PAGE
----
China is likely to face serious trade consequences if it responds to product safety complaints by retaliating against U.S. imports, analysts say.
Complaints about the safety of Chinese exports have been rising since April, when problems with adulterated pet food in North America were traced to chemicals sold in China. Since then, more Chinese products have been found to contain toxic or unapproved substances, including toothpaste, toys, pharmaceuticals, and fish.
The wave of problems with Chinese products has prompted calls inside the United States for tougher regulations and inspections of imports.
On July 13, China’s General Administration of Quality Supervision, Inspection, and Quarantine (CAGSIQ) blocked chicken and pork products from seven U.S. food producers, citing problems including salmonella and the presence of feed additives and veterinary drugs.
The agency also said it had found a shipment of U.S.-made protein powder containing excessive amounts of selenium, a mineral used as a dietary supplement.
I think the Chinese government has a learning process here. To learn first and foremost how to deal with this kind of situation, how to find a better way to solve the problem.
In interviews with Radio Free Asia, trade and foreign policy experts voiced concern that China may be using these food-import cases as a form of retaliation, raising the risk of an escalation with the United States.
Gary Hufbauer, a senior fellow at the Washington-based Peterson Institute for International Economics, said that individual countries enjoy “national latitude in deciding whether a particular food is safe or not.”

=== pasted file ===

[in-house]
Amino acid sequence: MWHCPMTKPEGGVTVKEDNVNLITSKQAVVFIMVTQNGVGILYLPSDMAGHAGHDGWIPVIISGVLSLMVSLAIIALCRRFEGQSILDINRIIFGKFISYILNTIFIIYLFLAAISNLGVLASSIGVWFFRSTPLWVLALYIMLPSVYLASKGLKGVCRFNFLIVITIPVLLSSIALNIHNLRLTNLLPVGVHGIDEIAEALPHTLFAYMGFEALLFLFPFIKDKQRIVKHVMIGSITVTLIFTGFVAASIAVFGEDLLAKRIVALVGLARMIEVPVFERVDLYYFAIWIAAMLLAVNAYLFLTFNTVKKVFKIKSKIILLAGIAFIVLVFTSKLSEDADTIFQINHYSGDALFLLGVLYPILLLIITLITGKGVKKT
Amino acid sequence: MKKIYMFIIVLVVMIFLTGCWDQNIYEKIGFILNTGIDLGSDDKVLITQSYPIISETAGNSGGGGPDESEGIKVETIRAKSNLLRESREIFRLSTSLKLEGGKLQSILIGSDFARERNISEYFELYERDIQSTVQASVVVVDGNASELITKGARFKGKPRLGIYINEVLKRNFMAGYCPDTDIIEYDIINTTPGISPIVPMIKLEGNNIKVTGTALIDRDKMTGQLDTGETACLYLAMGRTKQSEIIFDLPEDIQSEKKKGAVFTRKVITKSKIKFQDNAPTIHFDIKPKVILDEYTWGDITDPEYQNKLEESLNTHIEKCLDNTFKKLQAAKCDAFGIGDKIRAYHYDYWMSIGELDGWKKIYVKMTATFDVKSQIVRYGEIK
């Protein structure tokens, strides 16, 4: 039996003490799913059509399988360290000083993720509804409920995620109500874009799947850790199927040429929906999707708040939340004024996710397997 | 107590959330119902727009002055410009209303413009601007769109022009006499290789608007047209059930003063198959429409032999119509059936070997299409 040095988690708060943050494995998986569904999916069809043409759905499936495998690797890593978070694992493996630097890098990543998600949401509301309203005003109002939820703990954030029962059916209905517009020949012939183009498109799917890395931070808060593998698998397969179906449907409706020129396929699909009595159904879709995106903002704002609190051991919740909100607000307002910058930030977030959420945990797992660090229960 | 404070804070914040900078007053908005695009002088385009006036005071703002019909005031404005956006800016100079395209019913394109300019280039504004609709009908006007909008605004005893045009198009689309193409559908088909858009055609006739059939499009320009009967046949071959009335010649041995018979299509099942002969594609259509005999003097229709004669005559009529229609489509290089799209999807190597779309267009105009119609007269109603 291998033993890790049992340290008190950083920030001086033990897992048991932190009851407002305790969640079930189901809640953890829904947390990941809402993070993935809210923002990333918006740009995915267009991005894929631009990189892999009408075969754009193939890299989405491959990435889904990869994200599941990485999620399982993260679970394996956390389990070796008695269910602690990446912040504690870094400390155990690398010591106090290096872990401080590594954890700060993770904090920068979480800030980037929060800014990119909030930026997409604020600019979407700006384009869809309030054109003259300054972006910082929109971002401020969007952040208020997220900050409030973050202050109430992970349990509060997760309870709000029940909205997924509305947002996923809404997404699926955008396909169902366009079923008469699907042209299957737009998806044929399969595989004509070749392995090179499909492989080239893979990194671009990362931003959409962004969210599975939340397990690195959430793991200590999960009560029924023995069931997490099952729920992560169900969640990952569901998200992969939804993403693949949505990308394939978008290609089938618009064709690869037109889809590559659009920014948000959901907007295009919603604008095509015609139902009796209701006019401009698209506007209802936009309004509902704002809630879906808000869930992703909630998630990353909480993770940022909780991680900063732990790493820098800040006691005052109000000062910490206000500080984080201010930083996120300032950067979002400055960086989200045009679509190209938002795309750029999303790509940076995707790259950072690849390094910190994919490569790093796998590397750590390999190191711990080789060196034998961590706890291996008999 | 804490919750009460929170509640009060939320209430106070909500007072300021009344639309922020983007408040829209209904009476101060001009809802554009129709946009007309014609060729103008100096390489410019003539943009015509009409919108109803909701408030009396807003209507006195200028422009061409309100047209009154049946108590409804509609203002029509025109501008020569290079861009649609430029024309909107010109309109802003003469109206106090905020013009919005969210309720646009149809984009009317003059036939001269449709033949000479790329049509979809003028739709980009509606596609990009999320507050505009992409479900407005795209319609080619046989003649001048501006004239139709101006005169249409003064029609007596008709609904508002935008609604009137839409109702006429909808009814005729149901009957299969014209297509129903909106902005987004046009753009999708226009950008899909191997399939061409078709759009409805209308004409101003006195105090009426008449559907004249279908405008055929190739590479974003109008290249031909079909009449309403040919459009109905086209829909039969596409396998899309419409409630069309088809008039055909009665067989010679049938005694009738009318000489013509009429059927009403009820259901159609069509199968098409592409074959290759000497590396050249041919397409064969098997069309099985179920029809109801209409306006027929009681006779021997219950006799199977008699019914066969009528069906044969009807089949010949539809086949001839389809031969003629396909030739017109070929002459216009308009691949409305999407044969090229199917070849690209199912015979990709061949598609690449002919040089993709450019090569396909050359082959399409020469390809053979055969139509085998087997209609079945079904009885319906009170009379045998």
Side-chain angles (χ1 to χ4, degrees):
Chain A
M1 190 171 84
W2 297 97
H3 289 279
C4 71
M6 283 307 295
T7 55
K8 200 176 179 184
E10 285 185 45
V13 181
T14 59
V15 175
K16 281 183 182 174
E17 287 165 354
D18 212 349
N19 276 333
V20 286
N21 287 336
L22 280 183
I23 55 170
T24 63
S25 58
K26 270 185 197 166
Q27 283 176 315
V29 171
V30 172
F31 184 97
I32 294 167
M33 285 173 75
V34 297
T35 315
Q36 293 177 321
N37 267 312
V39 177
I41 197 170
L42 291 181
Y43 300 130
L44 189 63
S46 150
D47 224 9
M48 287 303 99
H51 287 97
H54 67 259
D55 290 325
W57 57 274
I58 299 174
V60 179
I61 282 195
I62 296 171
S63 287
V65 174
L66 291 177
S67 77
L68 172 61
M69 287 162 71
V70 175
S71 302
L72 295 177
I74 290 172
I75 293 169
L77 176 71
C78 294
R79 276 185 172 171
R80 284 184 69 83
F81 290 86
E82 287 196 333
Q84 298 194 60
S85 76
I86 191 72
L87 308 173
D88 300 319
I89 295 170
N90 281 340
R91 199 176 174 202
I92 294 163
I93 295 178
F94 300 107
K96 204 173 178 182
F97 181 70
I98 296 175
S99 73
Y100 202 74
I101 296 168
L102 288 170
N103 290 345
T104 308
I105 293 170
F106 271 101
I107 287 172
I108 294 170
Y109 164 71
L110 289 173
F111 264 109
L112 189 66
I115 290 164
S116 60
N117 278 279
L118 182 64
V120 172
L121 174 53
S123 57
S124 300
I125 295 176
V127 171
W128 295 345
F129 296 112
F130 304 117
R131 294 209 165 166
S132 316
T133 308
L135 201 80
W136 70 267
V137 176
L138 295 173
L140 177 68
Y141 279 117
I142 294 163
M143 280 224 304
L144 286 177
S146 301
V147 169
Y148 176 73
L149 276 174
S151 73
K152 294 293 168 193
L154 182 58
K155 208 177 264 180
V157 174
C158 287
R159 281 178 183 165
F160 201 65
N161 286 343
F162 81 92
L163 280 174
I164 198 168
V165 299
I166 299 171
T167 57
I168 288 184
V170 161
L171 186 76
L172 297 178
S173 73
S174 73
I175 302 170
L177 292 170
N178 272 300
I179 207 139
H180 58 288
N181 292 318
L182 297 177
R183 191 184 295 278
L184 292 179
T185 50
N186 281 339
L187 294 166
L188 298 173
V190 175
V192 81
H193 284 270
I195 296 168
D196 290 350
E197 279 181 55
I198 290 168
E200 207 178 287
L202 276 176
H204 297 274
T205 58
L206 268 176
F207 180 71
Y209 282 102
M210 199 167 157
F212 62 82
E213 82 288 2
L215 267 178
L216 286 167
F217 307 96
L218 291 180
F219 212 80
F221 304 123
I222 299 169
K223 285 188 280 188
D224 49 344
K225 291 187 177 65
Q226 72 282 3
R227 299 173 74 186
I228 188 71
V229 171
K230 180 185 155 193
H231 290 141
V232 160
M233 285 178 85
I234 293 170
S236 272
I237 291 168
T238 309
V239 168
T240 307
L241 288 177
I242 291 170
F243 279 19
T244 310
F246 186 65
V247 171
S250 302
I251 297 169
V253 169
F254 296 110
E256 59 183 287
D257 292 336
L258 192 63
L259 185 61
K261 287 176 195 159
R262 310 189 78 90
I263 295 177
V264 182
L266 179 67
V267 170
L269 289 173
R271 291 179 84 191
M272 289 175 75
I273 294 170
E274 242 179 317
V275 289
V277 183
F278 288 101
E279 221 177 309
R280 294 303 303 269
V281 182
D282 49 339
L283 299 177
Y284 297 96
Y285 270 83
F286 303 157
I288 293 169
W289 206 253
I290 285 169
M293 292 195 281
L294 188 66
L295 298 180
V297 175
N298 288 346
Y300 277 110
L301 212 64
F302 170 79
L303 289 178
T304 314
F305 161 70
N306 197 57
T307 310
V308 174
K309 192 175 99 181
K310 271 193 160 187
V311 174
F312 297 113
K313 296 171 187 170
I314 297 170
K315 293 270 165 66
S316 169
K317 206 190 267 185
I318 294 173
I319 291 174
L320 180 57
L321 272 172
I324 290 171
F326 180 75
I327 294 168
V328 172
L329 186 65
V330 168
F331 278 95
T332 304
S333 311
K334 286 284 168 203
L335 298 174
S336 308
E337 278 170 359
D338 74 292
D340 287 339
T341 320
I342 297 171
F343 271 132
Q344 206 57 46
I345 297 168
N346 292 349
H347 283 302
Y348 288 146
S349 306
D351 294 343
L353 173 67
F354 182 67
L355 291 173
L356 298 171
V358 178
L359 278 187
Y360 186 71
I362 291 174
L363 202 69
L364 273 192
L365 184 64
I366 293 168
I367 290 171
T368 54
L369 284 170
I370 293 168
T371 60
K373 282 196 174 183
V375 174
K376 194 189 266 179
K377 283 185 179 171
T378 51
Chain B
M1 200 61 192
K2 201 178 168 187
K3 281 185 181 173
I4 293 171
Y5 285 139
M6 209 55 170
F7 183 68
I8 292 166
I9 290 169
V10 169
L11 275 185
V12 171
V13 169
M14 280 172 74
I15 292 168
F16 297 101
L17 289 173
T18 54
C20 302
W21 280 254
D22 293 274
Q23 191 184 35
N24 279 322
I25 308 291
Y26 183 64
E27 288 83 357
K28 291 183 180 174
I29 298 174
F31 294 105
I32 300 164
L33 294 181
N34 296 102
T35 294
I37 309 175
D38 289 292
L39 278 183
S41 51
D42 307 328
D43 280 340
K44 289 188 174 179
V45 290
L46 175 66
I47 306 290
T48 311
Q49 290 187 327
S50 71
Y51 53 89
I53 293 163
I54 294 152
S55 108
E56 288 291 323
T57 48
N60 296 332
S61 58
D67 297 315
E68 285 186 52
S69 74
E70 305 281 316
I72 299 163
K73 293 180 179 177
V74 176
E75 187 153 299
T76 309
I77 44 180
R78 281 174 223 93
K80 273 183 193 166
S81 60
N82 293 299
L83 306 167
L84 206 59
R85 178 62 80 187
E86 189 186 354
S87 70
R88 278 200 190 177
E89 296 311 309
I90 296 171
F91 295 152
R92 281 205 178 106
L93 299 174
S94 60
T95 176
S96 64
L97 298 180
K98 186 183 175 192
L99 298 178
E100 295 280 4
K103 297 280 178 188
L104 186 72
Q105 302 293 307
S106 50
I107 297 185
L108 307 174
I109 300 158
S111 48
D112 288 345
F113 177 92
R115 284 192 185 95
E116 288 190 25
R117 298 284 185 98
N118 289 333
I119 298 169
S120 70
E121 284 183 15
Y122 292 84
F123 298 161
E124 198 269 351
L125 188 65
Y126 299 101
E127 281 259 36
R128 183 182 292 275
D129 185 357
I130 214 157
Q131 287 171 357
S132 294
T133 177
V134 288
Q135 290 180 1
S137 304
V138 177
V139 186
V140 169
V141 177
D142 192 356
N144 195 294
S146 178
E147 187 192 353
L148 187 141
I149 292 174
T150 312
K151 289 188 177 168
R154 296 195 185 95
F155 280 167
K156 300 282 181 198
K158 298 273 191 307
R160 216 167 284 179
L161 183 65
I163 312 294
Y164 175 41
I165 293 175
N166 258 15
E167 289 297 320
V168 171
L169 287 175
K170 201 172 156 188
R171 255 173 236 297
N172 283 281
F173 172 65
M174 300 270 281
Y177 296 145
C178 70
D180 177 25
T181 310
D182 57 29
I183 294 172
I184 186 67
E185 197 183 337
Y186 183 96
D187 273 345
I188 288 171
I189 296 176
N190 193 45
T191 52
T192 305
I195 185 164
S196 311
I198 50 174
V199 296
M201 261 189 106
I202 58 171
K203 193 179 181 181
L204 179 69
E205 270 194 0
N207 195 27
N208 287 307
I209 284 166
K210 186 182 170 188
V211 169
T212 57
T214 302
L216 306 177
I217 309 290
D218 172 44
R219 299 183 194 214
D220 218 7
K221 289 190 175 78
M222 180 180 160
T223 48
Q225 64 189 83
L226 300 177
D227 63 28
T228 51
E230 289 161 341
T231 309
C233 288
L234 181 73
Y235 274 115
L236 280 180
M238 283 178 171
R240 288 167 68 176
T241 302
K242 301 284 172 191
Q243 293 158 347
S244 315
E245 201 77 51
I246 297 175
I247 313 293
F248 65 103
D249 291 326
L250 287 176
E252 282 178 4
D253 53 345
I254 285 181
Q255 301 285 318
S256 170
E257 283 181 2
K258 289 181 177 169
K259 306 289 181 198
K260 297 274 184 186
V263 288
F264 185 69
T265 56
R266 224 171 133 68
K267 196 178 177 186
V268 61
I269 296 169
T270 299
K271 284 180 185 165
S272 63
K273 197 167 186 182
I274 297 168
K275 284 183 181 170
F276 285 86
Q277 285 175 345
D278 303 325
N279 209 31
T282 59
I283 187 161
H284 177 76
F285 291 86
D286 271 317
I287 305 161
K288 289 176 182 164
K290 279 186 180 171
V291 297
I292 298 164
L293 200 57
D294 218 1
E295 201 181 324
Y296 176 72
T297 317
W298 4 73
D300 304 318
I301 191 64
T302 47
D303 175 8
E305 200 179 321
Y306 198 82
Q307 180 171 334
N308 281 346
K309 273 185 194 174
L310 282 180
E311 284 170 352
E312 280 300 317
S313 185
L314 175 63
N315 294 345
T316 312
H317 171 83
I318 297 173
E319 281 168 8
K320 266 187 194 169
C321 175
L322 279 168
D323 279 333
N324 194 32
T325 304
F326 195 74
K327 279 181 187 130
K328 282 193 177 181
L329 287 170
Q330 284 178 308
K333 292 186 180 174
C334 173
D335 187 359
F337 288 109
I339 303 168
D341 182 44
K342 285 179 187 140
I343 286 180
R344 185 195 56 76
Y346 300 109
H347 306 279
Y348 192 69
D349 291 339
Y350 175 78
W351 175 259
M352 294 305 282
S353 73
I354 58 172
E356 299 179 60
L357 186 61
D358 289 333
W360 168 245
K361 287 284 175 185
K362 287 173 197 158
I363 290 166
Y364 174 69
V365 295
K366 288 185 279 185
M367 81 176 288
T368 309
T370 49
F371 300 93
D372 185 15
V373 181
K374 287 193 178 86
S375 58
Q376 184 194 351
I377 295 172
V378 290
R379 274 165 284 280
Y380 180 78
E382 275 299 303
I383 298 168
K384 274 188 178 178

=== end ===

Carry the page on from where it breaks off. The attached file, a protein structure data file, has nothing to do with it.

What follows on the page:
“And since there’s all this discretion, there’s plenty of room for countries to embark in SPS wars, meaning sanitary and phytosanitary [plant health] standards, and discriminate against each other’s products.”
Hufbauer said that China may now be tempted to target U.S. food imports as a warning to Washington, as well as an assurance to Chinese consumers that their own food and drug products are safe.
While China’s suspension of some U.S. meat and poultry imports may be for show, Hufbauer said, there is greater risk if the demonstration spreads to other products.
“I’m hopeful that China will limit its use of these standards to either genuine cases or what I would call the discretionary retaliatory area. We shall see in the next couple of weeks whether the Chinese choose to escalate and choose a big product like one of the field crops—corn, soybeans—and start giving that kind of crop a hard time.”
If China takes greater steps against imports of U.S. farm products, lawmakers from farm states may be more likely to support measures aimed at cutting China’s trade surplus with the United States, Hufbauer said.
“These congressmen, who tend to be pretty free-trade or more free-trade than the average congressman, may suddenly find a lot of sympathy for these bills making their way through the Senate and the Congress.”
Jing Huang, a senior fellow in foreign policy studies at the Brookings Institution in Washington, called China’s efforts to shift blame for product safety “a very inept and even irrational response.”
But Huang said the present controversy is unlikely to override China’s and the United States’ long-term trade interests and bilateral investments.
“I think the Chinese government has a learning process here,” he said. “To learn first and foremost how to deal with this kind of situation, how to find a better way to solve the problem.”
“And secondly—and an even tougher lesson for them to learn—is how to establish or how to develop a system that is not only accountable but also transparent.”
Original reporting by Michael Lelyveld. Edited for the Web by Richard Finney.